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dc.contributor.advisorChilibeck, Philip D.en_US
dc.creatorGordon, Julianneen_US
dc.date.accessioned2015-02-13T12:00:17Z
dc.date.available2015-02-13T12:00:17Z
dc.date.created2014-12en_US
dc.date.issued2015-02-12en_US
dc.date.submittedDecember 2014en_US
dc.identifier.urihttp://hdl.handle.net/10388/ETD-2014-12-1893en_US
dc.description.abstractVinyasa yoga, also known as power flow yoga, is growing in popularity in western cultures. Vinyasa yoga is characterized by moving with the breath and connecting the postures by a series of dynamic movement in between traditional yoga poses. The purpose of this thesis was to determine the intensity and metabolic costs of a typical Vinyasa yoga routine by measuring respiratory gas exchange, heart rate, and perceived rating of exertion. Secondary purposes were to determine whether there were differences between beginner and advanced practitioners and between males and females. Eight beginner (4 males and 4 females) and eight advanced (4 males and 4 females) yoga practitioners were tested while completing a Vinyasa yoga routine. Participants first completed a maximal aerobic test on a treadmill to determine maximal aerobic capacity, and to allow the assessment of relative workload during a subsequent yoga session. After adequate rest, the participant completed a 90-minute familiarization of the Vinyasa yoga session at his or her own skill level. After 4 – 7 days the participants returned, where the beginners completed the beginner routine and the advanced practitioners were randomly assigned to do either the beginner or advanced routine. The advanced practitioners came back on a separate day to complete the routine they had not yet completed. To allow participants to move freely, a portable system (Cosmed K4b2) was used to measure respiratory gas exchange (i.e. oxygen consumption and carbon dioxide output). A heart rate monitor was worn to collect heart rate data. Rating of perceived exertion was measured at set times throughout the session. The mean metabolic equivalents (METs) of Vinyasa yoga (4.7) were significantly higher (p < 0.001) than the 3.0 METs needed to achieve a moderate intensity based on the Canadian Physical Activity Guidelines. During the yoga session, 68 ± 10 minutes were spent above 3.0 METs (moderate intensity) and of those minutes, 16 ± 16 were spent above 6.0 METs (vigorous intensity). Based on the Canadian Guidelines for Physical Activity of 150 minutes per week of moderate intensity activity, three 90-minute Vinyasa yoga sessions a week can meet the recommendations for adults.en_US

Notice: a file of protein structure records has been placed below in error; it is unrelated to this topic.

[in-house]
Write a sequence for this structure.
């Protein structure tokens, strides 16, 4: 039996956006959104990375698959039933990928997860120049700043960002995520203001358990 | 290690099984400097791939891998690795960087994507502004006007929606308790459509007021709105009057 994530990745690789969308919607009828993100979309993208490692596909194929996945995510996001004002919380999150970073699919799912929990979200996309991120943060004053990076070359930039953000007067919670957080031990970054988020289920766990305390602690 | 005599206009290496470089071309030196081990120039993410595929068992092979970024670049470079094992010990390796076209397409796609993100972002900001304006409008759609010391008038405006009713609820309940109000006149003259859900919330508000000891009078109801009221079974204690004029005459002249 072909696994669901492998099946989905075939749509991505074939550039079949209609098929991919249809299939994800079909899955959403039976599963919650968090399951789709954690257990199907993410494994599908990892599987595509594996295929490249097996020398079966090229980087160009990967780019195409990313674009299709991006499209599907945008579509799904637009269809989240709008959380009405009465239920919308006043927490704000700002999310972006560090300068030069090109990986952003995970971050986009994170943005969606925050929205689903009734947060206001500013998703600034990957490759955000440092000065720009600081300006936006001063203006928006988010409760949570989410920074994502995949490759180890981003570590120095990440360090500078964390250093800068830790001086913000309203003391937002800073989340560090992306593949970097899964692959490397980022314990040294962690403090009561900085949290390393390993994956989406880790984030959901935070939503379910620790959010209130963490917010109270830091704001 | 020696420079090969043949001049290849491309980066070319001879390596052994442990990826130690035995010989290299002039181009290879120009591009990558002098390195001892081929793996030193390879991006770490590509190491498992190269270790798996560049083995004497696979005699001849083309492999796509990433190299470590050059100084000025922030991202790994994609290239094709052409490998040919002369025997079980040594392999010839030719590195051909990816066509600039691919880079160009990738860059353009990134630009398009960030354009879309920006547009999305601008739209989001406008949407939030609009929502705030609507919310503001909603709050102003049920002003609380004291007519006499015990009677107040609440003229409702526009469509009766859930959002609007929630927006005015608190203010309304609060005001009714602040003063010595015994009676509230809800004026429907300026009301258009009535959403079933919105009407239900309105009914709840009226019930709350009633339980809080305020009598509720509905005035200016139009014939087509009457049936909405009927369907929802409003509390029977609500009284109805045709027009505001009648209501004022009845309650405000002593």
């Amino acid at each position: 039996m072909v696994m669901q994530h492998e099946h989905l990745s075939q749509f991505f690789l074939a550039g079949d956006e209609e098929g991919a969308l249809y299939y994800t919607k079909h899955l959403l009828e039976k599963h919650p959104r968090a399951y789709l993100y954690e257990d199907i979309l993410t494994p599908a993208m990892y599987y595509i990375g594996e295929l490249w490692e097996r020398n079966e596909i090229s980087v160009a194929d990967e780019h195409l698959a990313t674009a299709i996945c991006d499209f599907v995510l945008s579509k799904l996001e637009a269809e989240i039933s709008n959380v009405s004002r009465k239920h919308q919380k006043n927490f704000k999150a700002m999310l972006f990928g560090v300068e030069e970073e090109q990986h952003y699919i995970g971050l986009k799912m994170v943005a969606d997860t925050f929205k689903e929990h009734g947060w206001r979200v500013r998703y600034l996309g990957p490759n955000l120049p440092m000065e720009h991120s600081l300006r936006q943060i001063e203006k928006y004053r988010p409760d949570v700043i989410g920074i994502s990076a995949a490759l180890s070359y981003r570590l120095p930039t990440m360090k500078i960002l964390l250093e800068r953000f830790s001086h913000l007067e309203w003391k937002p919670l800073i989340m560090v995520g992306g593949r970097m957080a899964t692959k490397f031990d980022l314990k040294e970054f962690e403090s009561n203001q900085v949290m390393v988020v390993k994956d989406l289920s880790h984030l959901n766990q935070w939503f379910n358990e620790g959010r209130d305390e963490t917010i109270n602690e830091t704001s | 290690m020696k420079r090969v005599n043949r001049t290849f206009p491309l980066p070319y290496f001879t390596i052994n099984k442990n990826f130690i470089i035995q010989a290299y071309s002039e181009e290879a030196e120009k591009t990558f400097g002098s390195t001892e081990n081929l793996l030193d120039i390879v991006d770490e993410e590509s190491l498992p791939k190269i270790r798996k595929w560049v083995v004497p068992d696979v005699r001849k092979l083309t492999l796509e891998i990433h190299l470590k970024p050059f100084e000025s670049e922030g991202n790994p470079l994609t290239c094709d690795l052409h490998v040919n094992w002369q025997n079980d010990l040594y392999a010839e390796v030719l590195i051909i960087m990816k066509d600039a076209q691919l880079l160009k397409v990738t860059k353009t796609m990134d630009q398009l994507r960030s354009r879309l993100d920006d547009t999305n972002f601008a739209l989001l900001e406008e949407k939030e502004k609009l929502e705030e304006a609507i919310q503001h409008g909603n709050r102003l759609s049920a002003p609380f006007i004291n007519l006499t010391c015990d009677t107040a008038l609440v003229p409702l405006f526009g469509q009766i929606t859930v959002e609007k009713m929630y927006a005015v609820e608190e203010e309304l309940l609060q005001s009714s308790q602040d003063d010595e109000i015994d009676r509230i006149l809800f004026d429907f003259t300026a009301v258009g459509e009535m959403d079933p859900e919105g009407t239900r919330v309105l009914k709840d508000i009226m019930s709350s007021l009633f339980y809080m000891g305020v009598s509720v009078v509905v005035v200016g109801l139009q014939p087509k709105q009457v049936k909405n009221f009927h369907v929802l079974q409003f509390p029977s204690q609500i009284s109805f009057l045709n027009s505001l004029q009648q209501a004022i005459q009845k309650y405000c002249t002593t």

dc.language.isoengen_US
dc.subjectVinyasa yogaen_US
dc.subjectmetabolic demandsen_US
dc.subjectVO2en_US
dc.subjectMETs, oxygen consumptionen_US
dc.titleThe Metabolic Demand of a Vinyasa Yoga Sessionen_US
thesis.degree.departmentKinesiologyen_US
thesis.degree.disciplineKinesiologyen_US
thesis.degree.grantorUniversity of Saskatchewanen_US
thesis.degree.levelMastersen_US
thesis.degree.nameMaster of Science (M.Sc.)en_US
dc.type.materialtexten_US
dc.type.genreThesisen_US
dc.contributor.committeeMemberFarthing, Jon P.en_US
dc.contributor.committeeMemberZello, Gordon A.en_US
dc.contributor.committeeMemberBath, Brennaen_US


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